Kale Flagg has found that resistance is at its highest in the early days of a person’s career. Flagg compares it to a boat, sitting motionless in the middle of a lake. When a person pushes the throttle to full bore and it hits its highest speed, Kale Flagg points out that the boat is only at its fastest after it has gained some momentum. At maximum velocity the full weight of the boat is no longer in the water, and as the boat moves and rises out of the water, the resistance drops and the speed increases. Kale Flagg emphasizes that the same is true in a business.
Throughout his career, Kale Flagg has seen many innovators embarking on new careers. During the early days, people tend to offer opinions and resistance—often couching those opinions as being the devil’s advocate or simply wanting to help their friend avoid mistakes. Over time, as a person’s career gains momentum, that resistance begins to decrease. Everyone experiences resistance in the beginning, Kale Flagg points out, and there is no going around it. He advises people to simply push through the resistance, shoving that water away. According to Kale Flagg, people are merely testing you to determine how determined you are to moving that boat.
It is one thing to start your motor—i.e., talking about starting a new business venture. It is quite another to pick up the anchor and move your boat, sticking to it no matter what, Kale Flagg emphasizes. The people who are testing you are watching to see if you are so committed to your goals that you will move your boat even if no one follows.
As Kale Flagg has found, a person’s friends and family will be much more likely to follow if they believe you will pick up your anchor and move that boat whether they follow or not. People hate to be left behind, observes Kale Flagg, because it makes them feel as though they’re missing out on something.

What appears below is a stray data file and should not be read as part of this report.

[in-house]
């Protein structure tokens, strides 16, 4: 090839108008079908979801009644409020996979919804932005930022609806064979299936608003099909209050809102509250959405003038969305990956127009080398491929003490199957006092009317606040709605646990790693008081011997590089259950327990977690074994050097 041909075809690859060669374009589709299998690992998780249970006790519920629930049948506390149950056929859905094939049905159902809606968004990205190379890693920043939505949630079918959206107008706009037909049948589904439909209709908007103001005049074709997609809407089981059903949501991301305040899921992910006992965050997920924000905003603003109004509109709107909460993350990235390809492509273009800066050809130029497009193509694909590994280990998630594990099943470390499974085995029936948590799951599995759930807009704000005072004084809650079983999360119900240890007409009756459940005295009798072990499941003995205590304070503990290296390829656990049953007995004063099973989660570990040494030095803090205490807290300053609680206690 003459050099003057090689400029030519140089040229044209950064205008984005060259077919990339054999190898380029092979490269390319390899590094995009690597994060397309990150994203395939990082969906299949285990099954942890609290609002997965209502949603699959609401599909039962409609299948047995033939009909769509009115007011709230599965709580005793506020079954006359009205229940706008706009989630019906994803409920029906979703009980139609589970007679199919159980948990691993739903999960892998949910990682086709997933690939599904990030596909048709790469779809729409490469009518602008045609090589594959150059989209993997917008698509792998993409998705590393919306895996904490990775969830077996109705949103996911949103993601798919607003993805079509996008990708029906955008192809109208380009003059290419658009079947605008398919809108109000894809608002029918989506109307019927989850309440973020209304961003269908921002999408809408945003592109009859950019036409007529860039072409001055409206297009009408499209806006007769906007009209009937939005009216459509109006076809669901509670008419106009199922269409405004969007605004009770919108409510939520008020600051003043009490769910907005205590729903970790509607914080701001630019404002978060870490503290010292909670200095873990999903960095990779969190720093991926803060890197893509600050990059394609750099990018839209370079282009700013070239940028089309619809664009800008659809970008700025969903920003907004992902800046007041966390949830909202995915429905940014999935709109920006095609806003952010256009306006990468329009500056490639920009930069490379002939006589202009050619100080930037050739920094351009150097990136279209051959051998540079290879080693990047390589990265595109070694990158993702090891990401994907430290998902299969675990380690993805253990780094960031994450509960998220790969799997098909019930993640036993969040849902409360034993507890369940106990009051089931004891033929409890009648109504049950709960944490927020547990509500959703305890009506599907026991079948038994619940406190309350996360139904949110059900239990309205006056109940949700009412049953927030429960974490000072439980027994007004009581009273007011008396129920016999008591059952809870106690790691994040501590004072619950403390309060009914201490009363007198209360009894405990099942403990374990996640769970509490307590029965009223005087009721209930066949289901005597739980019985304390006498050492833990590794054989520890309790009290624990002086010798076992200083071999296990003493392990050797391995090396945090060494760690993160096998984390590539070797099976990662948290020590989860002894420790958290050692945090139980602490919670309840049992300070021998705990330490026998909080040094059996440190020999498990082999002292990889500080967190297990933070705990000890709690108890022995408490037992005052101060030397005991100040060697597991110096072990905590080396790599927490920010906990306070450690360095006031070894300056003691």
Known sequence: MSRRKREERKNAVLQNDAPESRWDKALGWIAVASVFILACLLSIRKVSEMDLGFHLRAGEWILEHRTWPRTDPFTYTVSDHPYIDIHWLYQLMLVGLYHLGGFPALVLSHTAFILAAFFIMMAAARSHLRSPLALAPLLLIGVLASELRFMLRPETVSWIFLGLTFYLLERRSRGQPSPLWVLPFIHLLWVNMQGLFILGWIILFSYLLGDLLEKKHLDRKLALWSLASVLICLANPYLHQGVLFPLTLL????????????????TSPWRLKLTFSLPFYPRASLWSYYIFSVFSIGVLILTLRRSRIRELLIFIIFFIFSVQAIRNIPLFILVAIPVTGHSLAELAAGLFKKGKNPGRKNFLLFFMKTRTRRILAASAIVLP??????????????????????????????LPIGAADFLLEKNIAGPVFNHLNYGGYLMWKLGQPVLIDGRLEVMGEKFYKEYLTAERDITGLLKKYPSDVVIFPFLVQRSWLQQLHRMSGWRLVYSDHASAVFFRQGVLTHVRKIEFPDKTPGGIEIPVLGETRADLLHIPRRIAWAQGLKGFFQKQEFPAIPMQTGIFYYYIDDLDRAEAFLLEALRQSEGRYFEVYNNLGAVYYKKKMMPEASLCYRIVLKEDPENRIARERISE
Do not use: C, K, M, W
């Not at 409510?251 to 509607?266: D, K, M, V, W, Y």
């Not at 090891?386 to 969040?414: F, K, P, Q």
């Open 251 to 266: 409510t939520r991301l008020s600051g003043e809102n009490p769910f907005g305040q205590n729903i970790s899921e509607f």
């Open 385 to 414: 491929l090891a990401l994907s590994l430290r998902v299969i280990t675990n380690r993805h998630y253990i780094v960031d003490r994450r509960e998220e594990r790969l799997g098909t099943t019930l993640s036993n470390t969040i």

Kale Flagg paints two scenarios. The first is one in which you are invited on a trip with close friends who are waiting to see if you will join them or not. The trip will be canceled if you don’t come along. In the second scenario, those friends are planning a trip but plan to go whether you go or not. You have no doubt that if you don’t go, they’ll still take the trip, Kale Flagg states. Most people would be more likely to go with the friends who plan to go with or without them. As Kale Flagg puts it, if no one is going without you, it’s far easier to cancel than if you know people will have a good time in your absence.
Why is that? Kale Flagg believes that it is because everyone hates to be left out. We all hate to be left behind. It’s this same feeling that has your friends and family going along with you on your business venture, Kale Flagg says. When you pull up that anchor and start up that boat, it’s hard for people to watch you take off without them. So when you are starting a business that you want to succeed, don’t play at starting it, don’t think about starting it. Go for it without looking back, and KNOW you will succeed, that there is no option but success. That will turn the naysayers into believers—or at least leave them behind, eating your wake.
Kale Flagg currently serves as a General Partner in the American Redevelopment Fund, a real estate fund that specializes in redeveloping single family residences in California, Nevada and Arizona. Flagg graduated from Yale University, where he majored in economics.